Sunday, January 20, 2013

NFL 2012 Championship Sunday: Head-Ducking

Big Joe went toe-to-toe with Captain America and won for the second time this season. Flacco and Ray Lewis led the AFC champion Ravens to the Super Bowl in a fashion we will remember for a few years. That is about the ceiling for memorable sports events these days, except for the occasional one-handed catch-against-the-helmet.

It's hard to pick against New England. And then I'm almost surprised when they stumble. When they do lose, they're usually right there in the end. Not today. Baltimore pulled away, stopping all of Tom Brady's usual fine engineering. No matter what's going on, we can't tell by looking at Patriot coach Bill Belichick.

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Meanwhile, the Atlanta Falcons played true to form, in the end. I'm not one of the Matt Ryan doubters. But as a whole, the Falcons are like Tiger Woods in his prime. They simply play better when they are blowing people out.

When things get tight or go wrong, more often than not Atlanta will freeze up. Unfortunately, that is the character of this talented team. They escaped against Seattle a week ago. Could see the relief in Ryan's face postgame. NFC champ San Francisco had a little more comeback gas in the tank today.

A few years ago, coach Jon Gruden got put in split-screens with Chucky the killer doll. He keeps getting asked to climb out of the TV booth and coach again, but won't. The NFL has its new Chucky--the super-intense, throw his venti Starbucks against the wall because it's too sweet, slap an opposing coach's behind like he's beating a rug type.

We're talking about 49er coach Jim Harbaugh. I'm sure he's not really an unbalanced lunatic control freak; he just plays one on TV.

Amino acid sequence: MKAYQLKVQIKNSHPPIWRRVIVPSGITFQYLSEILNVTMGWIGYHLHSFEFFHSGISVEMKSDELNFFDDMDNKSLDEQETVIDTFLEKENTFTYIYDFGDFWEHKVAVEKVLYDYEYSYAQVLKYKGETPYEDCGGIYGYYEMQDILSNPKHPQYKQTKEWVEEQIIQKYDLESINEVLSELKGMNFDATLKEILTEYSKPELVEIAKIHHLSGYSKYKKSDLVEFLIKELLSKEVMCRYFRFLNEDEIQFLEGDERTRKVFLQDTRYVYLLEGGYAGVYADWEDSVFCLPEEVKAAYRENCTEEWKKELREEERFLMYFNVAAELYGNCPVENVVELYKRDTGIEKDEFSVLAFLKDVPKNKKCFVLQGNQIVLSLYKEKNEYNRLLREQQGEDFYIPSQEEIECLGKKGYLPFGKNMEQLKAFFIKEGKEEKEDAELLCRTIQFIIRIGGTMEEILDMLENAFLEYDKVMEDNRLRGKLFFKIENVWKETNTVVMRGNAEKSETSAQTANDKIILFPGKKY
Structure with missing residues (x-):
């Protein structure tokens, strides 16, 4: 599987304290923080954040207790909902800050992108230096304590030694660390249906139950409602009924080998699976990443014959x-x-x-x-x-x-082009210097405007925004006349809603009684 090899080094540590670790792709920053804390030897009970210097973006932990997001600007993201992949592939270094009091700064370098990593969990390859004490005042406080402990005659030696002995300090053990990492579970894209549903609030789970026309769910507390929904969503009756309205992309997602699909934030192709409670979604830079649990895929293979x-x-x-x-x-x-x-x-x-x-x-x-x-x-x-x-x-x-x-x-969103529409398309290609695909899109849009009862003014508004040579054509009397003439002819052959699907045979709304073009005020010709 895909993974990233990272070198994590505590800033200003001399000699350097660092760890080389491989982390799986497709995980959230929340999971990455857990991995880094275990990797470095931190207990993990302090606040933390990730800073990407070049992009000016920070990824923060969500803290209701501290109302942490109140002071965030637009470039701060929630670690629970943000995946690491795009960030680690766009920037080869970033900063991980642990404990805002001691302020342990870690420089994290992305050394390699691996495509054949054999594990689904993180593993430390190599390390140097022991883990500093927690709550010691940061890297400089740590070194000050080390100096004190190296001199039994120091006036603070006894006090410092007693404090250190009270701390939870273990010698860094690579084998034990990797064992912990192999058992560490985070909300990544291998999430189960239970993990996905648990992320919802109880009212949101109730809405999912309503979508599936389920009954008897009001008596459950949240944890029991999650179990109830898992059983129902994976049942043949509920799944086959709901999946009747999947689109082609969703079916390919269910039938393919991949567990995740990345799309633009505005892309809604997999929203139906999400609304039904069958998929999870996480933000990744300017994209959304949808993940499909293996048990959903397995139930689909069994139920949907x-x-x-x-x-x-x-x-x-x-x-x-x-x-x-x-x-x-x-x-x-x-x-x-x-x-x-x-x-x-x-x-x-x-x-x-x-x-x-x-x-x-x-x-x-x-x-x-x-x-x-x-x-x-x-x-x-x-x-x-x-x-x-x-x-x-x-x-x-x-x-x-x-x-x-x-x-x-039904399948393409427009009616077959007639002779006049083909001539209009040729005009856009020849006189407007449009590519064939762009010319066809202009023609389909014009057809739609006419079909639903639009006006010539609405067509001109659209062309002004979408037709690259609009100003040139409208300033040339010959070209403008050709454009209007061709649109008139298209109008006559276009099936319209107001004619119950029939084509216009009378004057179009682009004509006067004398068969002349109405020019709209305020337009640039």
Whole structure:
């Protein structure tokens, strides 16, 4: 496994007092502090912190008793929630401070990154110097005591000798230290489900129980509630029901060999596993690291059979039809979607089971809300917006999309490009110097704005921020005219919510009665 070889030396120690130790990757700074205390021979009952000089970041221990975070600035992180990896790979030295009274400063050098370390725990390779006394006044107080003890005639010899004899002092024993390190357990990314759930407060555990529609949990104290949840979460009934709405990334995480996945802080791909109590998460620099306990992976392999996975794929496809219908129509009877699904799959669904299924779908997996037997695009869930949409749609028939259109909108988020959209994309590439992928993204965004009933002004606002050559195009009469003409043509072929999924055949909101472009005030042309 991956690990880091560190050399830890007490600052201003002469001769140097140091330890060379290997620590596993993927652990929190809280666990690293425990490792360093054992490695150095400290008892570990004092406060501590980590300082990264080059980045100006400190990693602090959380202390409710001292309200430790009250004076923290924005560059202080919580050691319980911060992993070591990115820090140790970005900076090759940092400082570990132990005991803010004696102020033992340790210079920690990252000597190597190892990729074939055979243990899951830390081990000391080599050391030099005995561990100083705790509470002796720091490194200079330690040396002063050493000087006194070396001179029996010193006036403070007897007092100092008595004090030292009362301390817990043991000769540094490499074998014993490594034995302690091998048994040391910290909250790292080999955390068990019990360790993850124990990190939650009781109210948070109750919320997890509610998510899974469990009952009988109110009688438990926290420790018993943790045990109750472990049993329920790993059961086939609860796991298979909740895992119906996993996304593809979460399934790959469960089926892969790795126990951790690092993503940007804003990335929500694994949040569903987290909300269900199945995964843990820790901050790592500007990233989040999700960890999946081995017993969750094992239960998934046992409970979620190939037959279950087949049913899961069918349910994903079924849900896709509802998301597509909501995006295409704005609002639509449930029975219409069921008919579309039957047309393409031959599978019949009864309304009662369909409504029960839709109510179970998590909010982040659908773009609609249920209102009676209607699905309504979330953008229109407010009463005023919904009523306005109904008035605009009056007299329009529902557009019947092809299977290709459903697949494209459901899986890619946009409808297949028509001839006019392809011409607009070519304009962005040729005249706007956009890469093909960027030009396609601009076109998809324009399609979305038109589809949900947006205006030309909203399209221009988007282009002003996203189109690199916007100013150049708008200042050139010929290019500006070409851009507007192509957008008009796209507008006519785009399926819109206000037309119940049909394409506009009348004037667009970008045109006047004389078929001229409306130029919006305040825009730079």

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Why no outcry about offensive players ducking their heads and causing some of these head collisions?
During the New England-Baltimore game, Stevan Ridley clearly lowered his helmet before losing the football on contact. Players like Wes Welker and Danny Woodhead did it during that game, too--hunching forward to meet the tackler. They should have to adjust, same as the defenders.
Michael Wilbon has a phrase that puts it best (paraphrase): The NFL has legislated defense out of football. That is partly responsible for the recent rash of broken offensive records and rookie quarterbacks who play like five-year vets. But there seems to be a movement by most sports media: Ignore the decade-long cumulative effect of rule changes, bent on (1) making the game "safer", and (2) making the game offense-packed and fan-friendly.
The result of this is a weird spirit of seeing the defense as a sort of bad guy, guilty until proven innocent at all times. The number of defensive penalties in the game the last few season has changed the whole feel of pro football games. 

Ridley put himself in a life-threatening position, and no one has batted an eye about it (except me). If Ridley had been laid out for more than a moment, hushing all of the spectators, there would be more fake outrage over safety. But violence will not be legislated out of this game.

2012 season, Week 13.
2012 season, Week 5.
Replacement referees, replaced.

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